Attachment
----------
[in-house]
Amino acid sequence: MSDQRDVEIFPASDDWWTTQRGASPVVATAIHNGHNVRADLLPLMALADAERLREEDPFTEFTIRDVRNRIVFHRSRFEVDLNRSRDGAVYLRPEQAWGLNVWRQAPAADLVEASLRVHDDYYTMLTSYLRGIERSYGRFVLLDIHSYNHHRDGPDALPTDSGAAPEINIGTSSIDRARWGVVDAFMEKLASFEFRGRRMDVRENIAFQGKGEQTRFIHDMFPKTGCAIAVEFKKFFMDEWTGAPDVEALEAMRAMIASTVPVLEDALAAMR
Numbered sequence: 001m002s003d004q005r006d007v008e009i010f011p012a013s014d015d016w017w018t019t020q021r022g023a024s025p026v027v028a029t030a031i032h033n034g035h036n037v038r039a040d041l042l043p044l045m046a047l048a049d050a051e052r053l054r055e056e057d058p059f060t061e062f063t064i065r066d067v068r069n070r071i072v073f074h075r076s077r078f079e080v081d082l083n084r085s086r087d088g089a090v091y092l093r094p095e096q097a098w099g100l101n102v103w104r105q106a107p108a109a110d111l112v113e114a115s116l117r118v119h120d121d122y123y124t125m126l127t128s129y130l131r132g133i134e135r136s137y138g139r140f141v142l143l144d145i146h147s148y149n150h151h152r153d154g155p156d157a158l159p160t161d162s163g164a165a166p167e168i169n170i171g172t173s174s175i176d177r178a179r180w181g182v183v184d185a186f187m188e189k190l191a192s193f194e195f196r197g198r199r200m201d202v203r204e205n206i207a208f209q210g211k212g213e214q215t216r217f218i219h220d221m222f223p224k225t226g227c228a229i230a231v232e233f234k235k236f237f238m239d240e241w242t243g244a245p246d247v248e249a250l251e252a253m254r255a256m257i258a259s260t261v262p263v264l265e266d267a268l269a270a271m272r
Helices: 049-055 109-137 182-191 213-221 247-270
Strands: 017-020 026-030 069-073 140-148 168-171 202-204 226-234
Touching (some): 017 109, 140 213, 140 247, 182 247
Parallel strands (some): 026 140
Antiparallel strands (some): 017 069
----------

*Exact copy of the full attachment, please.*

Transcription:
[in-house]
Amino acid sequence: MSDQRDVEIFPASDDWWTTQRGASPVVATAIHNGHNVRADLLPLMALADAERLREEDPFTEFTIRDVRNRIVFHRSRFEVDLNRSRDGAVYLRPEQAWGLNVWRQAPAADLVEASLRVHDDYYTMLTSYLRGIERSYGRFVLLDIHSYNHHRDGPDALPTDSGAAPEINIGTSSIDRARWGVVDAFMEKLASFEFRGRRMDVRENIAFQGKGEQTRFIHDMFPKTGCAIAVEFKKFFMDEWTGAPDVEALEAMRAMIASTVPVLEDALAAMR
Numbered sequence: 001m002s003d004q005r006d007v008e009i010f011p012a013s014d015d016w017w018t019t020q021r022g023a024s025p026v027v028a029t030a031i032h033n034g035h036n037v038r039a040d041l042l043p044l045m046a047l048a049d050a051e052r053l054r055e056e057d058p059f060t061e062f063t064i065r066d067v068r069n070r071i072v073f074h075r076s077r078f079e080v081d082l083n084r085s086r087d088g089a090v091y092l093r094p095e096q097a098w099g100l101n102v103w104r105q106a107p108a109a110d111l112v113e114a115s116l117r118v119h120d121d122y123y124t125m126l127t128s129y130l131r132g133i134e135r136s137y138g139r140f141v142l143l144d145i146h147s148y149n150h151h152r153d154g155p156d157a158l159p160t161d162s163g164a165a166p167e168i169n170i171g172t173s174s175i176d177r178a179r180w181g182v183v184d185a186f187m188e189k190l191a192s193f194e195f196r197g198r199r200m201d202v203r204e205n206i207a208f209q210g211k212g213e214q215t216r217f218i219h220d221m222f223p224k225t226g227c228a229i230a231v232e233f234k235k236f237f238m239d240e241w242t243g244a245p246d247v248e249a250l251e252a253m254r255a256m257i258a259s260t261v262p263v264l265e266d267a268l269a270a271m272r
Helices: 049-055 109-137 182-191 213-221 247-270
Strands: 017-020 026-030 069-073 140-148 168-171 202-204 226-234
Touching (some): 017 109, 140 213, 140 247, 182 247
Parallel strands (some): 026 140
Antiparallel strands (some): 017 069